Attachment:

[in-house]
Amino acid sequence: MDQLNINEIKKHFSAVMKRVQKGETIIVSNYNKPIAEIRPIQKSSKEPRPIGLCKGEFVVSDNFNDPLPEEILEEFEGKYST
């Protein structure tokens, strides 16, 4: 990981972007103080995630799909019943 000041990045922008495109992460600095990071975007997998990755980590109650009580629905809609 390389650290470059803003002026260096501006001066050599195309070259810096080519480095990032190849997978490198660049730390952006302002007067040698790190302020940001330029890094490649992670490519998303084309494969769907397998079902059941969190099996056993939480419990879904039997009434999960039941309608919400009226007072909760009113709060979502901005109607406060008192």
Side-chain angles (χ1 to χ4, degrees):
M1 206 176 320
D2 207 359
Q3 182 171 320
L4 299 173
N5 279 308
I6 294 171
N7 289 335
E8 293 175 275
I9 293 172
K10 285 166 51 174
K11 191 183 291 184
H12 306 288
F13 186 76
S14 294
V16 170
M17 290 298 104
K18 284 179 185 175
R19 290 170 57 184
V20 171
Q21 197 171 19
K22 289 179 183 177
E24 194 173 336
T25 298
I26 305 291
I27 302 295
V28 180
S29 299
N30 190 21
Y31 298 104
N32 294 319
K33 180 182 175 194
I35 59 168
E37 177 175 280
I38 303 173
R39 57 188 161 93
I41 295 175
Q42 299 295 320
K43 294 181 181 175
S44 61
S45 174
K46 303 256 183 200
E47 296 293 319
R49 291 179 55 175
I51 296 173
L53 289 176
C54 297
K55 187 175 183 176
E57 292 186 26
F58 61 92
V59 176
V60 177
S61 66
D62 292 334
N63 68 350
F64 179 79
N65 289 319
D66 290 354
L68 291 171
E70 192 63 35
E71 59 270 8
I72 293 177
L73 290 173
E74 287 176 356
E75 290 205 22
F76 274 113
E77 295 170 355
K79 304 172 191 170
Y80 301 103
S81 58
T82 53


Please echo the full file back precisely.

[in-house]
Amino acid sequence: MDQLNINEIKKHFSAVMKRVQKGETIIVSNYNKPIAEIRPIQKSSKEPRPIGLCKGEFVVSDNFNDPLPEEILEEFEGKYST
């Protein structure tokens, strides 16, 4: 990981972007103080995630799909019943 000041990045922008495109992460600095990071975007997998990755980590109650009580629905809609 390389650290470059803003002026260096501006001066050599195309070259810096080519480095990032190849997978490198660049730390952006302002007067040698790190302020940001330029890094490649992670490519998303084309494969769907397998079902059941969190099996056993939480419990879904039997009434999960039941309608919400009226007072909760009113709060979502901005109607406060008192």
Side-chain angles (χ1 to χ4, degrees):
M1 206 176 320
D2 207 359
Q3 182 171 320
L4 299 173
N5 279 308
I6 294 171
N7 289 335
E8 293 175 275
I9 293 172
K10 285 166 51 174
K11 191 183 291 184
H12 306 288
F13 186 76
S14 294
V16 170
M17 290 298 104
K18 284 179 185 175
R19 290 170 57 184
V20 171
Q21 197 171 19
K22 289 179 183 177
E24 194 173 336
T25 298
I26 305 291
I27 302 295
V28 180
S29 299
N30 190 21
Y31 298 104
N32 294 319
K33 180 182 175 194
I35 59 168
E37 177 175 280
I38 303 173
R39 57 188 161 93
I41 295 175
Q42 299 295 320
K43 294 181 181 175
S44 61
S45 174
K46 303 256 183 200
E47 296 293 319
R49 291 179 55 175
I51 296 173
L53 289 176
C54 297
K55 187 175 183 176
E57 292 186 26
F58 61 92
V59 176
V60 177
S61 66
D62 292 334
N63 68 350
F64 179 79
N65 289 319
D66 290 354
L68 291 171
E70 192 63 35
E71 59 270 8
I72 293 177
L73 290 173
E74 287 176 356
E75 290 205 22
F76 274 113
E77 295 170 355
K79 304 172 191 170
Y80 301 103
S81 58
T82 53